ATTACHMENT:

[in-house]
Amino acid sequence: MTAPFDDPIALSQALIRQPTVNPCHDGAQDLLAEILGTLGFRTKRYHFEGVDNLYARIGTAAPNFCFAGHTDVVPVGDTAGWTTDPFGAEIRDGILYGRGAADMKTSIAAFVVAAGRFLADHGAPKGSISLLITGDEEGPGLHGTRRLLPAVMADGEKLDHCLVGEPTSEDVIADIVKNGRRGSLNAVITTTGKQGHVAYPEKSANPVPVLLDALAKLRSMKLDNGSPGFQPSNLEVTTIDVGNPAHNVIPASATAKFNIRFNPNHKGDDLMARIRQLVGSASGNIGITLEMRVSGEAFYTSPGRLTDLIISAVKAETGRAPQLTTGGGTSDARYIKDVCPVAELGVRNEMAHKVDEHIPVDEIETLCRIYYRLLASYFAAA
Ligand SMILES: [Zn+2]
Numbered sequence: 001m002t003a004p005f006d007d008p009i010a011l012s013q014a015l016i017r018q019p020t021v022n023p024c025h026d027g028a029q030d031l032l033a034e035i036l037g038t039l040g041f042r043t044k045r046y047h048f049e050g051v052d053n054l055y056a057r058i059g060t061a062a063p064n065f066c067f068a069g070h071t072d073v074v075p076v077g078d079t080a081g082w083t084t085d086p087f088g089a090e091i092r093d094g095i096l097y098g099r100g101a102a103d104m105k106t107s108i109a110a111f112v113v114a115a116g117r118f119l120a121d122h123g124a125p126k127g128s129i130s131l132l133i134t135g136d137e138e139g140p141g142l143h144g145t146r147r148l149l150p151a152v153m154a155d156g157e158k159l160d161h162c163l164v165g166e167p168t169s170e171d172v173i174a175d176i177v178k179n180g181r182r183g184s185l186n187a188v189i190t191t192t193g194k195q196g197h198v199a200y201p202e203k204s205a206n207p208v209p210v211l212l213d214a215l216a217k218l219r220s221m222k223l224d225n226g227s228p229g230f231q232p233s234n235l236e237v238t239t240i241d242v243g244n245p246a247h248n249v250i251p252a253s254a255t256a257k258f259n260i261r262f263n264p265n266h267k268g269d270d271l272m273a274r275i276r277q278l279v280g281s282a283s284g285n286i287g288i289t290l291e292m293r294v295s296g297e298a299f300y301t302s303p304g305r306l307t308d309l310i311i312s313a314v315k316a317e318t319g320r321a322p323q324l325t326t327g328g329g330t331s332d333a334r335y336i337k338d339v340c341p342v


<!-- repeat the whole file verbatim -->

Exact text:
[in-house]
Amino acid sequence: MTAPFDDPIALSQALIRQPTVNPCHDGAQDLLAEILGTLGFRTKRYHFEGVDNLYARIGTAAPNFCFAGHTDVVPVGDTAGWTTDPFGAEIRDGILYGRGAADMKTSIAAFVVAAGRFLADHGAPKGSISLLITGDEEGPGLHGTRRLLPAVMADGEKLDHCLVGEPTSEDVIADIVKNGRRGSLNAVITTTGKQGHVAYPEKSANPVPVLLDALAKLRSMKLDNGSPGFQPSNLEVTTIDVGNPAHNVIPASATAKFNIRFNPNHKGDDLMARIRQLVGSASGNIGITLEMRVSGEAFYTSPGRLTDLIISAVKAETGRAPQLTTGGGTSDARYIKDVCPVAELGVRNEMAHKVDEHIPVDEIETLCRIYYRLLASYFAAA
Ligand SMILES: [Zn+2]
Numbered sequence: 001m002t003a004p005f006d007d008p009i010a011l012s013q014a015l016i017r018q019p020t021v022n023p024c025h026d027g028a029q030d031l032l033a034e035i036l037g038t039l040g041f042r043t044k045r046y047h048f049e050g051v052d053n054l055y056a057r058i059g060t061a062a063p064n065f066c067f068a069g070h071t072d073v074v075p076v077g078d079t080a081g082w083t084t085d086p087f088g089a090e091i092r093d094g095i096l097y098g099r100g101a102a103d104m105k106t107s108i109a110a111f112v113v114a115a116g117r118f119l120a121d122h123g124a125p126k127g128s129i130s131l132l133i134t135g136d137e138e139g140p141g142l143h144g145t146r147r148l149l150p151a152v153m154a155d156g157e158k159l160d161h162c163l164v165g166e167p168t169s170e171d172v173i174a175d176i177v178k179n180g181r182r183g184s185l186n187a188v189i190t191t192t193g194k195q196g197h198v199a200y201p202e203k204s205a206n207p208v209p210v211l212l213d214a215l216a217k218l219r220s221m222k223l224d225n226g227s228p229g230f231q232p233s234n235l236e237v238t239t240i241d242v243g244n245p246a247h248n249v250i251p252a253s254a255t256a257k258f259n260i261r262f263n264p265n266h267k268g269d270d271l272m273a274r275i276r277q278l279v280g281s282a283s284g285n286i287g288i289t290l291e292m293r294v295s296g297e298a299f300y301t302s303p304g305r306l307t308d309l310i311i312s313a314v315k316a317e318t319g320r321a322p323q324l325t326t327g328g329g330t331s332d333a334r335y336i337k338d339v340c341p342v